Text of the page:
Pages 49-50: “Even the covenant with Noah, which the dispensationalists try to reduce to politics, and in which they see no reference to the Atonement, speaks of placating an angry God. This idea is obscured in the King James version, and the American version as well. These translations say that God smelled a sweet odor. But the Koehler-Baumgartner lexicon (the latest lexicon at this writing) gives just one meaning to the Hebrew word transliterated niychoach: appeasement (Beschwichtigung). The “smell of appeasement” then means the placating odor. See also the verbal usage in Ezekiel 5:13, “I will appease my anger.” Hence the correct translation of Genesis 8:20-21 is, “And Noah builded an altar unto the Lord… and offered burnt offerings on the altar. And the Lord smelled the placating odor.” Thus anticipations of Christ’s sacrifice in the Old Testament and explanations of his sacrifice in the New agree that he was the propitiation for our sins. He turned aside God’s wrath and anger which we deserved.”
Scripture and Inerrancy, Science and Operationalism
Pages 57-58: “It seems to me that a misunderstanding of science at this point has led the author into a misunderstanding of the Bible. If the Bible contradicts itself, as clearly as the wave theory contradicts the corpuscular theory, we will be forced to abandon the Bible. No one in his right mind can believe contradictions. In fact, if the antinomy is as he says it is, God himself is faced with an insoluble puzzle. And if something is insoluble for God, then God cannot be trusted. Packer tells us that God has given us this antinomy and if he has given it to us, is that not enough? Cannot we trust God? The answer is that we cannot trust contradictions and insoluble antinomies, no matter who gives them to us. If someone told me to believe that the number two was both even and odd, I would conclude that this someone was not God. God, anyone I could not think of as God, does not talk nonsense, and insoluble antinomies are nonsense. They are just as much nonsense as it would be to say that the path of a point equidistant from a given point has three right angles along it.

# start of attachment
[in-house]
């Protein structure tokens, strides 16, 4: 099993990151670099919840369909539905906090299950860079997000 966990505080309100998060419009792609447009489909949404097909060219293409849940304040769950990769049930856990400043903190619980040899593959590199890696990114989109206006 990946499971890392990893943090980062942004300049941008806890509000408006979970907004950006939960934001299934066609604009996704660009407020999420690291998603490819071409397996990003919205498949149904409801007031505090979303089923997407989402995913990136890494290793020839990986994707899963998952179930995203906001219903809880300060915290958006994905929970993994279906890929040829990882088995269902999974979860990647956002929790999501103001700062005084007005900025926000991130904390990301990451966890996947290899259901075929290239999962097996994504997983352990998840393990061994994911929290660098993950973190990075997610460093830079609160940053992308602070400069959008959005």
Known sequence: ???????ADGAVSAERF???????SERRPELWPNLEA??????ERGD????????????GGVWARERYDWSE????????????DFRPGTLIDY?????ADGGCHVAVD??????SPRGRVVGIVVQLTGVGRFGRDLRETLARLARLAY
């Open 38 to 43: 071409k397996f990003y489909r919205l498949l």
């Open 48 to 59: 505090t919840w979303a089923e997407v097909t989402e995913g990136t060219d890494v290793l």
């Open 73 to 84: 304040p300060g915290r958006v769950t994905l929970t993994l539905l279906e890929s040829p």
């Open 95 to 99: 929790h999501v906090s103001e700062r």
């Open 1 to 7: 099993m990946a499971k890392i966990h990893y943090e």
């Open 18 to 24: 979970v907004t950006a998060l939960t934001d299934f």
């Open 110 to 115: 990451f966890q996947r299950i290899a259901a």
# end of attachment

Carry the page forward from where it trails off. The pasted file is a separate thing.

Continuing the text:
But if we see what modern science can do with its two theories of light, and if we pay just a little attention to sovereignty and responsibility, these unfortunate consequences never arise. The laws of science should not be considered as intended descriptions of natural motions. They should not be considered as directions for operating in a physics laboratory. They are methods for producing desired results. This in brief is The Philosophy of Science and Belief in God. It is always possible to use either of two mutually exclusive methods for producing the same desired result. To cure milk fever in cows, one may use the antiseptic lugol, or one may use compressed air. Both work satisfactorily. Hence, in manipulating light, a physicist may use either one; or if for a particular purpose the two are not equally satisfactory, for lugol cannot do everything compressed air can do and vice versa, the physicist can use for one purpose and the other for another.”
Language and Internal Relations